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Syria: Why Obama's previous Defense secretaries criticize his approach

At an event in Dallas, Robert Gates and Leon Panetta expressed their concerns about President Obama's decision last month to ask Congress to vote on military action against the regime in Syria.

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“It would weaken our country,” he said. “It would weaken us in the eyes of our allies, as well as our adversaries around the world.”

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Instead, Gates said he would impose sanctions that marked members of the Assad government as war criminals and would increase support for credible allies within the Syrian resistance, according to The New York Times.

Now enjoying private life, both men are writing books about their time in Washington, and those who embark on memoirs often seek to make news to spark interest. But Gates and Panetta, a Democrat, are widely viewed within the political and intelligence worlds as practical, thoughtful, and experienced policy gurus. Neither is a showboater.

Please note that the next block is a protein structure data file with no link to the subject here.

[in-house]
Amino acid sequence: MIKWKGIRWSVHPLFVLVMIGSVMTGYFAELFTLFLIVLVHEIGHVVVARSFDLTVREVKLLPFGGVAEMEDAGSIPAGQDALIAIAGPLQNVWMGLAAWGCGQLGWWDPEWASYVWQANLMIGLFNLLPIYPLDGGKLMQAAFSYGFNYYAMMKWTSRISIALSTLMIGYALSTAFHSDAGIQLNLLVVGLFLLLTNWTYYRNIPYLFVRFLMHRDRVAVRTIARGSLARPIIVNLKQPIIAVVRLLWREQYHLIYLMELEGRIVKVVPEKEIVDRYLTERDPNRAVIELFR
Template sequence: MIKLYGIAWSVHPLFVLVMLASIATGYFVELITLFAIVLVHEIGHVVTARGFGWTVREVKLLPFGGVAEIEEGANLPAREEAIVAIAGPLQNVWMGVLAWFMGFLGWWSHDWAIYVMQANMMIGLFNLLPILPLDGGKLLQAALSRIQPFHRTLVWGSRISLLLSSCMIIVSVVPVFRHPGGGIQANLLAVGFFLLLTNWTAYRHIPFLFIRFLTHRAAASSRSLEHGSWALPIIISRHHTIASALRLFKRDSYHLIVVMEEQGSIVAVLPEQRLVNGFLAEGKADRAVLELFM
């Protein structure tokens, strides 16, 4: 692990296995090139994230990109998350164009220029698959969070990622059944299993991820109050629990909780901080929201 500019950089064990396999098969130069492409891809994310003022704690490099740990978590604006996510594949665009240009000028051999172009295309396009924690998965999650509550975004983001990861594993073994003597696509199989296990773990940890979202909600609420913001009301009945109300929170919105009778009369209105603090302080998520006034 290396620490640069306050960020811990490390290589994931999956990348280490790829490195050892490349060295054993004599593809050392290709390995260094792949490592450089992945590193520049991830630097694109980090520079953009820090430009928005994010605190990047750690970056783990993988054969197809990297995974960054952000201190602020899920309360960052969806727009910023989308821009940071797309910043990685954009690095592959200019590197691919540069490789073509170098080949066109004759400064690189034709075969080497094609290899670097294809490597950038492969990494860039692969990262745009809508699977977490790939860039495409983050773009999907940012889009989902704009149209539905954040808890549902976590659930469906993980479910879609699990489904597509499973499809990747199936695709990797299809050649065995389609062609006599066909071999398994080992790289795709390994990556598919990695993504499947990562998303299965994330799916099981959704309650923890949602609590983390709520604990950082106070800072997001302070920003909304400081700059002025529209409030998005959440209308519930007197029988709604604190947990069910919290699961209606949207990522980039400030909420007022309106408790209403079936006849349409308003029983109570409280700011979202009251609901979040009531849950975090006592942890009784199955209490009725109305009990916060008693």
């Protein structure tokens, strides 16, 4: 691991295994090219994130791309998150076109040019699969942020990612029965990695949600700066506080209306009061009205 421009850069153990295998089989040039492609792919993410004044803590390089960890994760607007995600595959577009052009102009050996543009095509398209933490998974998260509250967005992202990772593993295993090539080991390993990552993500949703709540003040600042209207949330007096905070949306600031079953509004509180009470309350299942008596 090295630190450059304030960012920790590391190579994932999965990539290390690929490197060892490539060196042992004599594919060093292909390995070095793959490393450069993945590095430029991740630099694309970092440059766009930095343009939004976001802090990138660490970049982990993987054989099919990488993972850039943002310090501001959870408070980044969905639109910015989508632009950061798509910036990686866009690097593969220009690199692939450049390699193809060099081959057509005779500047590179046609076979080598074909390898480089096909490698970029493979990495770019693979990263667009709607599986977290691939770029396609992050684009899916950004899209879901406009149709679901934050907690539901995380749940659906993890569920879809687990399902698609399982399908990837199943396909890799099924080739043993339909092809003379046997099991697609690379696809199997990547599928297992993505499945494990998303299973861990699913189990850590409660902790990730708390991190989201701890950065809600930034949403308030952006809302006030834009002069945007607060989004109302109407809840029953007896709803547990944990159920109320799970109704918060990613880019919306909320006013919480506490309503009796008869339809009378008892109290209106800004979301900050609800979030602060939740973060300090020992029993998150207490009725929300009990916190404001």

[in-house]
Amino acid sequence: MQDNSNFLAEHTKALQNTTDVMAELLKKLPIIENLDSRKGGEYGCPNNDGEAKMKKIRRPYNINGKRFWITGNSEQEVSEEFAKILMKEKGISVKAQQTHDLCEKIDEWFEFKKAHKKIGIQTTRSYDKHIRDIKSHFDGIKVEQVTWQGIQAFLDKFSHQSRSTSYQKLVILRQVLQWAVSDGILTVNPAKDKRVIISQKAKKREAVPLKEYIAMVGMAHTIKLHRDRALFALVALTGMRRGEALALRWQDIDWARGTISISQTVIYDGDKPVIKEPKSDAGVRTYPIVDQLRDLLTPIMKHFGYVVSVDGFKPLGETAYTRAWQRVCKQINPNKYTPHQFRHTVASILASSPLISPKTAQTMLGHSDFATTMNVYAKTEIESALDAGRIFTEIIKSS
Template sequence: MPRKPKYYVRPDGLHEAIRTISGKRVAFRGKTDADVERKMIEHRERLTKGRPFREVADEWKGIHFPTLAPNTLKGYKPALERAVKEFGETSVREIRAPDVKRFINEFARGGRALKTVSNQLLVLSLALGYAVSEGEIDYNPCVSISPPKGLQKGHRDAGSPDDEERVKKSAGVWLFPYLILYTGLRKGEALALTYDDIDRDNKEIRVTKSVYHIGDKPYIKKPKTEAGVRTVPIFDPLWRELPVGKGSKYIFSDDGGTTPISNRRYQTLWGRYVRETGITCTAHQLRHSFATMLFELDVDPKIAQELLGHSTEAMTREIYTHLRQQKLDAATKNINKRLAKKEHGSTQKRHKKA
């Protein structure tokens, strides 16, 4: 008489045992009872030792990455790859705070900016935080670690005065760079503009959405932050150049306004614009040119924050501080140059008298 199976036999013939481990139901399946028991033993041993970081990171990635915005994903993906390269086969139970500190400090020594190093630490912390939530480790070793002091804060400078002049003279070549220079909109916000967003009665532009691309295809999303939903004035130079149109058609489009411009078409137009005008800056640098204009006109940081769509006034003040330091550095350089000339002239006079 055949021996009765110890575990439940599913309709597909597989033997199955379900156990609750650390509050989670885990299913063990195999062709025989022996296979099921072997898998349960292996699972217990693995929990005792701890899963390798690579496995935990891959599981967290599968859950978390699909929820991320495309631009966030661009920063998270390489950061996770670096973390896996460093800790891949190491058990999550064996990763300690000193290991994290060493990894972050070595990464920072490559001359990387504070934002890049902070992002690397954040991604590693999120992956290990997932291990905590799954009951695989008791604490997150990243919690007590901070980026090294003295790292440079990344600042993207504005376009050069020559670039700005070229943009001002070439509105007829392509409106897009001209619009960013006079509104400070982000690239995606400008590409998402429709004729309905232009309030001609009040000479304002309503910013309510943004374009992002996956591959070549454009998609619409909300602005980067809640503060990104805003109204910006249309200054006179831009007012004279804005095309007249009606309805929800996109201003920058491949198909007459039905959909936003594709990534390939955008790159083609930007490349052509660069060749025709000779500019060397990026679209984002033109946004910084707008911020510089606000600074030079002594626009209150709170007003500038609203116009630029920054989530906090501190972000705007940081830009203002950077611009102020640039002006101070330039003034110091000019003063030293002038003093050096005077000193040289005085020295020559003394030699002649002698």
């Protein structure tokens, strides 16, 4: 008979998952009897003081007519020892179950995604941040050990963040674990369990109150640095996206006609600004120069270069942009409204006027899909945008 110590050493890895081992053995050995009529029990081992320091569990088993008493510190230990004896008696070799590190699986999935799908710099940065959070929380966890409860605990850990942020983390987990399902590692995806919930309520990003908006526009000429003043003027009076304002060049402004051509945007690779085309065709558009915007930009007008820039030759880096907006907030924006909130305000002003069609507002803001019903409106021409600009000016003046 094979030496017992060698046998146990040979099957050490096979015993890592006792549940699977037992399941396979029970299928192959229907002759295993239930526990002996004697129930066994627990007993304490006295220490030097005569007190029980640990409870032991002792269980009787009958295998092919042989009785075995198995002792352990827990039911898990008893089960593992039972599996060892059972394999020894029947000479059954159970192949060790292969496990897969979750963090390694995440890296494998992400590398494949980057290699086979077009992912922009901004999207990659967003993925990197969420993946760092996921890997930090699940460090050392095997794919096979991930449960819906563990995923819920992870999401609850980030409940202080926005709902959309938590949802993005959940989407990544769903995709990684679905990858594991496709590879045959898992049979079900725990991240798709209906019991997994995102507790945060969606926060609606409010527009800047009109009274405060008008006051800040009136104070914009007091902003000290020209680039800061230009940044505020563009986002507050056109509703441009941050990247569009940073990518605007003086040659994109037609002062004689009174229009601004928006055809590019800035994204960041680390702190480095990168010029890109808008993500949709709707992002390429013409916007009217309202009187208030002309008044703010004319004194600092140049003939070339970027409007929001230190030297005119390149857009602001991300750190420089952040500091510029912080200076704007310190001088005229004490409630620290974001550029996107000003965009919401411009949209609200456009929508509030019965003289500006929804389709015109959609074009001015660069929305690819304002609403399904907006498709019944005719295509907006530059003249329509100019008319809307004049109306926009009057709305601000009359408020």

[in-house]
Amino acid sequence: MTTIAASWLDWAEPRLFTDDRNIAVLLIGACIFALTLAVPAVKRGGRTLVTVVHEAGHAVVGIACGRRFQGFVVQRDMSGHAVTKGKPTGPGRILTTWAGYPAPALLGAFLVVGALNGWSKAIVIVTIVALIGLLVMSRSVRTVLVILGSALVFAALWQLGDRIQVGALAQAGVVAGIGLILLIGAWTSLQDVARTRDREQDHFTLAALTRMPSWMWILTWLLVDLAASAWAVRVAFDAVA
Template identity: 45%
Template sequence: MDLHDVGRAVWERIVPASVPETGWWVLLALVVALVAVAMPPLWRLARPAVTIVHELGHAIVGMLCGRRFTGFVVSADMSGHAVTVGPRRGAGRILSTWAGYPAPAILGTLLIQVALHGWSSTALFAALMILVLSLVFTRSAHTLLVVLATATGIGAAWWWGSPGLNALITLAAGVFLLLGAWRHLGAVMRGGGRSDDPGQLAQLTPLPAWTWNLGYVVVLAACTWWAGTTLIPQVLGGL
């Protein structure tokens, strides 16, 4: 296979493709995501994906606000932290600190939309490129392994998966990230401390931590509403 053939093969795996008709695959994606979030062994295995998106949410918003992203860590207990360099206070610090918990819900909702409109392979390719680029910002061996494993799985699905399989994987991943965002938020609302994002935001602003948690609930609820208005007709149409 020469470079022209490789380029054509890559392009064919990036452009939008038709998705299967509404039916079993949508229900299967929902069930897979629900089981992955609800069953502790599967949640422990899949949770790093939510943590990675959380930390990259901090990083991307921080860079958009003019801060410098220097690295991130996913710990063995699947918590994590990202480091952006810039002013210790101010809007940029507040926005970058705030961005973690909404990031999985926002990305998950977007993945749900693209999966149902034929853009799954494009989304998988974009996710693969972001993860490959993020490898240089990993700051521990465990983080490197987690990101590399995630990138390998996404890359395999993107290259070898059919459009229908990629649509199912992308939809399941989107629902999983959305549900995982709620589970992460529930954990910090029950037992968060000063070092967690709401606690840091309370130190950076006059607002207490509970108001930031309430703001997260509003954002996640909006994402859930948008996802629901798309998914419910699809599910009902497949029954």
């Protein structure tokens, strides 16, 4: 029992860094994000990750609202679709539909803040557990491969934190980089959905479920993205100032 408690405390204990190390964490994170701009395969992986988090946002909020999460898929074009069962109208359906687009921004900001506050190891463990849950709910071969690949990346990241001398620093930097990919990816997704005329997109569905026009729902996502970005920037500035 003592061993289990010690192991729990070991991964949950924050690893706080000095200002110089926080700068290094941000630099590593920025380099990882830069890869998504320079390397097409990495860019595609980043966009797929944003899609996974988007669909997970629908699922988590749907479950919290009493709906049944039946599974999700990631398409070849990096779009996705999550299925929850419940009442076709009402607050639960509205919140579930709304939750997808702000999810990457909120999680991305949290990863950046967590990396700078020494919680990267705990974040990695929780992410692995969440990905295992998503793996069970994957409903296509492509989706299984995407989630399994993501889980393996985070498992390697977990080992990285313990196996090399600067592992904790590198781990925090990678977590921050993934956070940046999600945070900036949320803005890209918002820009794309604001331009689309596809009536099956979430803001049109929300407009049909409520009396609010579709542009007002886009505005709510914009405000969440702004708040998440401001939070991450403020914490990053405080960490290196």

So these latest words from Gates and Panetta are particularly stinging, even though much of official Washington has weighed in with varying degrees of concern about how Obama has handled the Syria matter in the wake of a chemical weapons attack.

The headlines have played accordingly:

“Gates and Panetta Take Obama to Task,” Commentary magazine suggests.

“It is rare enough for current or former White House aides to publicly criticize a president still in office, as David Stockman and George Stephanopoulos notoriously did in the 1980s and 1990s respectively,” the magazine wrote. “It is virtually unheard of for senior cabinet members to do so. Which ... makes it all the more shocking and telling that two of President Obama’s former secretaries of defense – both models of discretion – have gone public with criticism of his handling of Syria.”

Another aspect of the pair’s remarks that worries the Commentary writer and others: They see in Obama’s approach to Syria a “dangerous signal” being sent to Iran.

“Iran is paying very close attention to what we’re doing,” Panetta said, per The New York Times. “There’s no question in my mind they’re looking at the situation, and what they are seeing right now is an element of weakness.”

Obama’s current Defense secretary, Chuck Hagel, shrugged off the episode while declaring his “greatest respect” for his predecessors.

“Obviously, I don’t agree with their perspectives,” he said.

The problem for the president is that many others do.


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